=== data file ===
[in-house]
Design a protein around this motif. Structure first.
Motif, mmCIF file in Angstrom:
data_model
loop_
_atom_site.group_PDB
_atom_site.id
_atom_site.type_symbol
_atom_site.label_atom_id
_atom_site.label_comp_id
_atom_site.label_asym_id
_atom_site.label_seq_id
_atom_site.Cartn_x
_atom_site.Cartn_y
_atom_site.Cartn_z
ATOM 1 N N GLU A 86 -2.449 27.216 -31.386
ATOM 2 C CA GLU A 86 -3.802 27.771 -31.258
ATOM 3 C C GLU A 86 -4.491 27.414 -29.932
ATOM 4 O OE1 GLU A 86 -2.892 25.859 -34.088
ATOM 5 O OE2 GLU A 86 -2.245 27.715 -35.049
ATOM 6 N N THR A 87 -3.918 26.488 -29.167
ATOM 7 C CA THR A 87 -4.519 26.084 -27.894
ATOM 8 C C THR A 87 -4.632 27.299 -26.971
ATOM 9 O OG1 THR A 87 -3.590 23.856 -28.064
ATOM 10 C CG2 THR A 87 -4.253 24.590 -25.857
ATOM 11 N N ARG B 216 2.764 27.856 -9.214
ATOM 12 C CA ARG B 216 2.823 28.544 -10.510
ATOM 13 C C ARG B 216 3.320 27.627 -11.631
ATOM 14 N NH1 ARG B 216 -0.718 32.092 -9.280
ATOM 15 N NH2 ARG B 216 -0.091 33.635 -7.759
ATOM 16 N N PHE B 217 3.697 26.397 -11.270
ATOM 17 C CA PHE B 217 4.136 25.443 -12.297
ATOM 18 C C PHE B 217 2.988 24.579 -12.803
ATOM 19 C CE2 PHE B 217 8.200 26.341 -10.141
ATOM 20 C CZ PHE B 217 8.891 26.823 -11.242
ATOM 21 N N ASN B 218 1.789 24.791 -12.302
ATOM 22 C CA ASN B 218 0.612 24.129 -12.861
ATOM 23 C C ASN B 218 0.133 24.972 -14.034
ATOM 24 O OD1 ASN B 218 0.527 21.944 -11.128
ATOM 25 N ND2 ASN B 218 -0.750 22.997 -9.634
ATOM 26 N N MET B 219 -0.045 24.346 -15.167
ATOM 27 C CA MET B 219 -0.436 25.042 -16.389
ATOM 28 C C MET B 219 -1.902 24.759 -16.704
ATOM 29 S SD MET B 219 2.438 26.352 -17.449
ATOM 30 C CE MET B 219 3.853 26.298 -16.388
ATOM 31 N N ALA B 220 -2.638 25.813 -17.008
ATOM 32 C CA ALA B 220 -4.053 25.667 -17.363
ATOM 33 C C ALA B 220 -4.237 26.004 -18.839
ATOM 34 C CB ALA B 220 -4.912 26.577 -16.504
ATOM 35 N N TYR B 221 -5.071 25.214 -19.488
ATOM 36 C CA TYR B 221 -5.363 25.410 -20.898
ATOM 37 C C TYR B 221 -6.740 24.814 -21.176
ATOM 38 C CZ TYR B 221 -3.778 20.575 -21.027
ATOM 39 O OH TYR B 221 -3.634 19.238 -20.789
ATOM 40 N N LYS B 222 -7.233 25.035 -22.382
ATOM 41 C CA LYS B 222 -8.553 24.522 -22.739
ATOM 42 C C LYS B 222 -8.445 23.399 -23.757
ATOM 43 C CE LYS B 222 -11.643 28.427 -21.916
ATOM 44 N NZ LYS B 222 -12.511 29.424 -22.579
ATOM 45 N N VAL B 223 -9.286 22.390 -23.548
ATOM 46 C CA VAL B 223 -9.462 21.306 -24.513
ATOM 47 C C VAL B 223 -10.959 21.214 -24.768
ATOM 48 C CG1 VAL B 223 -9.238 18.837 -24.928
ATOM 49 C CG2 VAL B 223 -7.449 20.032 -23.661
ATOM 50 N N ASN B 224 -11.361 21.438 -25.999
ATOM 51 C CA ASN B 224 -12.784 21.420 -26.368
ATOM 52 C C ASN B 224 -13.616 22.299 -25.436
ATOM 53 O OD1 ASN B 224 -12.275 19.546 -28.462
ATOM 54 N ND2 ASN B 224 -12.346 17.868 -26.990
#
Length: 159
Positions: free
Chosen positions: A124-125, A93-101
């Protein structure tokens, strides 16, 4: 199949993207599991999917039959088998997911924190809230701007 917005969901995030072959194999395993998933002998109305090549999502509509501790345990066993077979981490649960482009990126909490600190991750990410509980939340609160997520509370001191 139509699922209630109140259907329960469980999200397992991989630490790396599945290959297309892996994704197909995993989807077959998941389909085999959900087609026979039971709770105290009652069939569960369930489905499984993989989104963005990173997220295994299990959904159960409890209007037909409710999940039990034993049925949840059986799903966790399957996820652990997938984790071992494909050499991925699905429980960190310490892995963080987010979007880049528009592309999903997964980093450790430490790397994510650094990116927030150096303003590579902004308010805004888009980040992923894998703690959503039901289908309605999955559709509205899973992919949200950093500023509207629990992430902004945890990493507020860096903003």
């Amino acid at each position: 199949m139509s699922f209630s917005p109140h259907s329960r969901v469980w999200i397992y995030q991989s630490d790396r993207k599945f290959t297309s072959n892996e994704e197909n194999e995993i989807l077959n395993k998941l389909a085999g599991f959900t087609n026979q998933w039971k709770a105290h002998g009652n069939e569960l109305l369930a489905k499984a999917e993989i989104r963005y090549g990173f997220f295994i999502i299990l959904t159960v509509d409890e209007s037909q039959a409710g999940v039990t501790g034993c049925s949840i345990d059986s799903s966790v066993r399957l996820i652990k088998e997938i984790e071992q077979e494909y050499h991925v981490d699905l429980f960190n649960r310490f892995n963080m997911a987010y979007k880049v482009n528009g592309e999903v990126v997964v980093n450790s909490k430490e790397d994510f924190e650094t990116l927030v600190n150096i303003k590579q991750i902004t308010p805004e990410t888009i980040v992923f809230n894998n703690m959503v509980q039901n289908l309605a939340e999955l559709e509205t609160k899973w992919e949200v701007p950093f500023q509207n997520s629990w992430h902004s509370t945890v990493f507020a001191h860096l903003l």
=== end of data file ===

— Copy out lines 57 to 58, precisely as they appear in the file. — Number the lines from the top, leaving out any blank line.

ATOM 42 C C LYS B 222 -8.445 23.399 -23.757
ATOM 43 C CE LYS B 222 -11.643 28.427 -21.916